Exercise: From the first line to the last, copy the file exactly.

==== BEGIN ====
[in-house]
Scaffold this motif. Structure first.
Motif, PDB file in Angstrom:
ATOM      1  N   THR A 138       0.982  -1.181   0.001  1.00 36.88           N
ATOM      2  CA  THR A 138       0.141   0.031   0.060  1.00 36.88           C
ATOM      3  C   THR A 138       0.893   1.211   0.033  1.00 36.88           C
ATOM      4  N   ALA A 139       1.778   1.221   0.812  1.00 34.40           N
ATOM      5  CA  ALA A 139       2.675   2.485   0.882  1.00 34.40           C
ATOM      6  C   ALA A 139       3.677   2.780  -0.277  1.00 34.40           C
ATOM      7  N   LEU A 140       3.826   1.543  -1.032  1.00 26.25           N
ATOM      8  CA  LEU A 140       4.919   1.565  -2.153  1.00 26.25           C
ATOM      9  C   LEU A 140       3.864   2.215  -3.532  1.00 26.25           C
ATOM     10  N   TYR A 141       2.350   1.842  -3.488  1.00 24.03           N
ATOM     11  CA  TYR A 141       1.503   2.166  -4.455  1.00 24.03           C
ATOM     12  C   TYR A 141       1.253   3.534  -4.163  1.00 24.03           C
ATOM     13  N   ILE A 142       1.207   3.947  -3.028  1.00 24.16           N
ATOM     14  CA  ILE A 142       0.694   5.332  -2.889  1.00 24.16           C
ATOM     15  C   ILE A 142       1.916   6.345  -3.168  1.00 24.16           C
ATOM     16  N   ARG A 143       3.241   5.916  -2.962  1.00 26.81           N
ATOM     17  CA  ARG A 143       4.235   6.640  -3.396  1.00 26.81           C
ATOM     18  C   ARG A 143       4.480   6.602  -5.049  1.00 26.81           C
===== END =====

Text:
[in-house]
Scaffold this motif. Structure first.
Motif, PDB file in Angstrom:
ATOM      1  N   THR A 138       0.982  -1.181   0.001  1.00 36.88           N
ATOM      2  CA  THR A 138       0.141   0.031   0.060  1.00 36.88           C
ATOM      3  C   THR A 138       0.893   1.211   0.033  1.00 36.88           C
ATOM      4  N   ALA A 139       1.778   1.221   0.812  1.00 34.40           N
ATOM      5  CA  ALA A 139       2.675   2.485   0.882  1.00 34.40           C
ATOM      6  C   ALA A 139       3.677   2.780  -0.277  1.00 34.40           C
ATOM      7  N   LEU A 140       3.826   1.543  -1.032  1.00 26.25           N
ATOM      8  CA  LEU A 140       4.919   1.565  -2.153  1.00 26.25           C
ATOM      9  C   LEU A 140       3.864   2.215  -3.532  1.00 26.25           C
ATOM     10  N   TYR A 141       2.350   1.842  -3.488  1.00 24.03           N
ATOM     11  CA  TYR A 141       1.503   2.166  -4.455  1.00 24.03           C
ATOM     12  C   TYR A 141       1.253   3.534  -4.163  1.00 24.03           C
ATOM     13  N   ILE A 142       1.207   3.947  -3.028  1.00 24.16           N
ATOM     14  CA  ILE A 142       0.694   5.332  -2.889  1.00 24.16           C
ATOM     15  C   ILE A 142       1.916   6.345  -3.168  1.00 24.16           C
ATOM     16  N   ARG A 143       3.241   5.916  -2.962  1.00 26.81           N
ATOM     17  CA  ARG A 143       4.235   6.640  -3.396  1.00 26.81           C
ATOM     18  C   ARG A 143       4.480   6.602  -5.049  1.00 26.81           C